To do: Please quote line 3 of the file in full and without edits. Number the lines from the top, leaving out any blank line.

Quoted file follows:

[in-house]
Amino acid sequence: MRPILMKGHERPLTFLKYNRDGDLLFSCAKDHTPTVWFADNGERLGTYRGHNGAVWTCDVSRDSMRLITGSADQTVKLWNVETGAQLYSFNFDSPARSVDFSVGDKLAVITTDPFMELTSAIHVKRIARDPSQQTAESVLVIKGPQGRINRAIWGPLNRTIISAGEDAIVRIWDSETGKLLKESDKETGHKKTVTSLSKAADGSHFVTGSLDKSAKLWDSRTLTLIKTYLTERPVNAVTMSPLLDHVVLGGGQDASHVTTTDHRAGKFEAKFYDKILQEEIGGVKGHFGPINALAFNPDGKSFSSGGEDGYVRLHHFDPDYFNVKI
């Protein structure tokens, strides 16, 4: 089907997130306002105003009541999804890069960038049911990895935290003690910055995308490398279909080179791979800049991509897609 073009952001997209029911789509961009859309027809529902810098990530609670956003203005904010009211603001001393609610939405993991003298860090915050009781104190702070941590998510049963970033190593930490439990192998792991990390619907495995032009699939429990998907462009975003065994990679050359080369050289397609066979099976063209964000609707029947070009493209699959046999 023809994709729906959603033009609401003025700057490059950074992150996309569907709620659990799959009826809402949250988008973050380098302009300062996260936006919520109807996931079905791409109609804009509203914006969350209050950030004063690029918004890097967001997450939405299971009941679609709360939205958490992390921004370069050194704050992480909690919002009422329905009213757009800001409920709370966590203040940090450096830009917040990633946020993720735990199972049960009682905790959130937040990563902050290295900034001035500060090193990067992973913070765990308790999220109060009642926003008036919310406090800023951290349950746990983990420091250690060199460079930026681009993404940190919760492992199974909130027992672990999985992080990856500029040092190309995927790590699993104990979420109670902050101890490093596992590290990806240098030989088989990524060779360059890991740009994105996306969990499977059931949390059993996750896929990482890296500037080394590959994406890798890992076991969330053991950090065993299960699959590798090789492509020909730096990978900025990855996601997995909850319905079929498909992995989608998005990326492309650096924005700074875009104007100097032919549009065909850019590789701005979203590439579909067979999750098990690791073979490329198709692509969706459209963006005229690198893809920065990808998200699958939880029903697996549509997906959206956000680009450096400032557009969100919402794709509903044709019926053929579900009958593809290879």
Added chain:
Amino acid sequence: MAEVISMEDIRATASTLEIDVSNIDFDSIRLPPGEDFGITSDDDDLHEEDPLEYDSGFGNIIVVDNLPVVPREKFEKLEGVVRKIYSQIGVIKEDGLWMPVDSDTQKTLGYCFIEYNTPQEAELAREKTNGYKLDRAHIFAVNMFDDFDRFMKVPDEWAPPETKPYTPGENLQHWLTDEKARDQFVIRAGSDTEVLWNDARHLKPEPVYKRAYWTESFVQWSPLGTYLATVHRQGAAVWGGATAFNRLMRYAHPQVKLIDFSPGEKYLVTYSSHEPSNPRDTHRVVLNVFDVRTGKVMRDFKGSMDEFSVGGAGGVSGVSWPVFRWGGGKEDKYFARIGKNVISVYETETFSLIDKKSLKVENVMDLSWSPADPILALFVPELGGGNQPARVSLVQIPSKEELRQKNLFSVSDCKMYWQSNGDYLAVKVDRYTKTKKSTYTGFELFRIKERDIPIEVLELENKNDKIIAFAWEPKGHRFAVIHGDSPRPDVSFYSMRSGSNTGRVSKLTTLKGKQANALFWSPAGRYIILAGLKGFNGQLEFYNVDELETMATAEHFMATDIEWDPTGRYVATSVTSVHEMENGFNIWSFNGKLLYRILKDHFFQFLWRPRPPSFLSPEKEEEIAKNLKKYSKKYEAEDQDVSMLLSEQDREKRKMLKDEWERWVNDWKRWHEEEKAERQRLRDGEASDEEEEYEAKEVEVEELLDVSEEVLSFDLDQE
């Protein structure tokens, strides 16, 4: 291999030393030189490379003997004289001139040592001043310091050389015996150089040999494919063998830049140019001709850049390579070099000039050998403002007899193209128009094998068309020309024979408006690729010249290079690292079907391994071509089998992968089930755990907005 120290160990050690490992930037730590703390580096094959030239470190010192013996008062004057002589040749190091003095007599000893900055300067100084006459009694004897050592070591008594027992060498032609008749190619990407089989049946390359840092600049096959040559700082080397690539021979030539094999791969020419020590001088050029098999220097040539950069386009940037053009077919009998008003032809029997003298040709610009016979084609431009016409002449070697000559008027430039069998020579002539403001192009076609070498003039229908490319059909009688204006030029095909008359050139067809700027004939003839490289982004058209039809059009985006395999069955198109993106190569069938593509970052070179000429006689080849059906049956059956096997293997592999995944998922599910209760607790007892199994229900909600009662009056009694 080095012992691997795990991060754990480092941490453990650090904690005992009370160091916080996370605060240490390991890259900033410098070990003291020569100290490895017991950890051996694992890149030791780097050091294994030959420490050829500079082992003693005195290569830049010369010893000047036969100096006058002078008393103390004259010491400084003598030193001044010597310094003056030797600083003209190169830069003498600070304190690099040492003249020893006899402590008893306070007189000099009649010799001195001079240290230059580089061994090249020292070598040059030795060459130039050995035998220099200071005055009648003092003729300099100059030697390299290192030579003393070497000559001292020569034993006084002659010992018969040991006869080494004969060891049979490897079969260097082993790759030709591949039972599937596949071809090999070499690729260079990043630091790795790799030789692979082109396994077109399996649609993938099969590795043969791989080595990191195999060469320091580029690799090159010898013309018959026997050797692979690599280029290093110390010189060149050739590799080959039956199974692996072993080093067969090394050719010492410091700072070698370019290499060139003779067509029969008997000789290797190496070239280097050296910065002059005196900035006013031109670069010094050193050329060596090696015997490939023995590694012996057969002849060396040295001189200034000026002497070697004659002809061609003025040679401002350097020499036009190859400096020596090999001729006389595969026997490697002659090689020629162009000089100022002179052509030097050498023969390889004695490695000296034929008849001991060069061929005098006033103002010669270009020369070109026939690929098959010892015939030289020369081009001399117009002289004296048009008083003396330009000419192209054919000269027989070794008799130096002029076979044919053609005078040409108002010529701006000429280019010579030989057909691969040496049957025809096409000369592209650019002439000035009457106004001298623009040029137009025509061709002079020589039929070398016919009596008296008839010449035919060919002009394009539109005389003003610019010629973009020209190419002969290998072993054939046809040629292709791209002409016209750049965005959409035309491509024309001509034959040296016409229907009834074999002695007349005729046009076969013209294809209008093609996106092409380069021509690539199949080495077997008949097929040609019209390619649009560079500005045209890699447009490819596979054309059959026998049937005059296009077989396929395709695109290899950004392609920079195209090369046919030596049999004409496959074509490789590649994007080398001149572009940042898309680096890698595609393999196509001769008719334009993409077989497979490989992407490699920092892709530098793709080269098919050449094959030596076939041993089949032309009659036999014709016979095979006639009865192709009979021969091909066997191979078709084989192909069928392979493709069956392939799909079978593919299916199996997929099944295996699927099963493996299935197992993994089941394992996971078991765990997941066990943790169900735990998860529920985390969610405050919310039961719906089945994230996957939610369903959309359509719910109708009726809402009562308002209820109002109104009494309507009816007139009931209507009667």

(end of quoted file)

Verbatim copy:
């Protein structure tokens, strides 16, 4: 089907997130306002105003009541999804890069960038049911990895935290003690910055995308490398279909080179791979800049991509897609 073009952001997209029911789509961009859309027809529902810098990530609670956003203005904010009211603001001393609610939405993991003298860090915050009781104190702070941590998510049963970033190593930490439990192998792991990390619907495995032009699939429990998907462009975003065994990679050359080369050289397609066979099976063209964000609707029947070009493209699959046999 023809994709729906959603033009609401003025700057490059950074992150996309569907709620659990799959009826809402949250988008973050380098302009300062996260936006919520109807996931079905791409109609804009509203914006969350209050950030004063690029918004890097967001997450939405299971009941679609709360939205958490992390921004370069050194704050992480909690919002009422329905009213757009800001409920709370966590203040940090450096830009917040990633946020993720735990199972049960009682905790959130937040990563902050290295900034001035500060090193990067992973913070765990308790999220109060009642926003008036919310406090800023951290349950746990983990420091250690060199460079930026681009993404940190919760492992199974909130027992672990999985992080990856500029040092190309995927790590699993104990979420109670902050101890490093596992590290990806240098030989088989990524060779360059890991740009994105996306969990499977059931949390059993996750896929990482890296500037080394590959994406890798890992076991969330053991950090065993299960699959590798090789492509020909730096990978900025990855996601997995909850319905079929498909992995989608998005990326492309650096924005700074875009104007100097032919549009065909850019590789701005979203590439579909067979999750098990690791073979490329198709692509969706459209963006005229690198893809920065990808998200699958939880029903697996549509997906959206956000680009450096400032557009969100919402794709509903044709019926053929579900009958593809290879």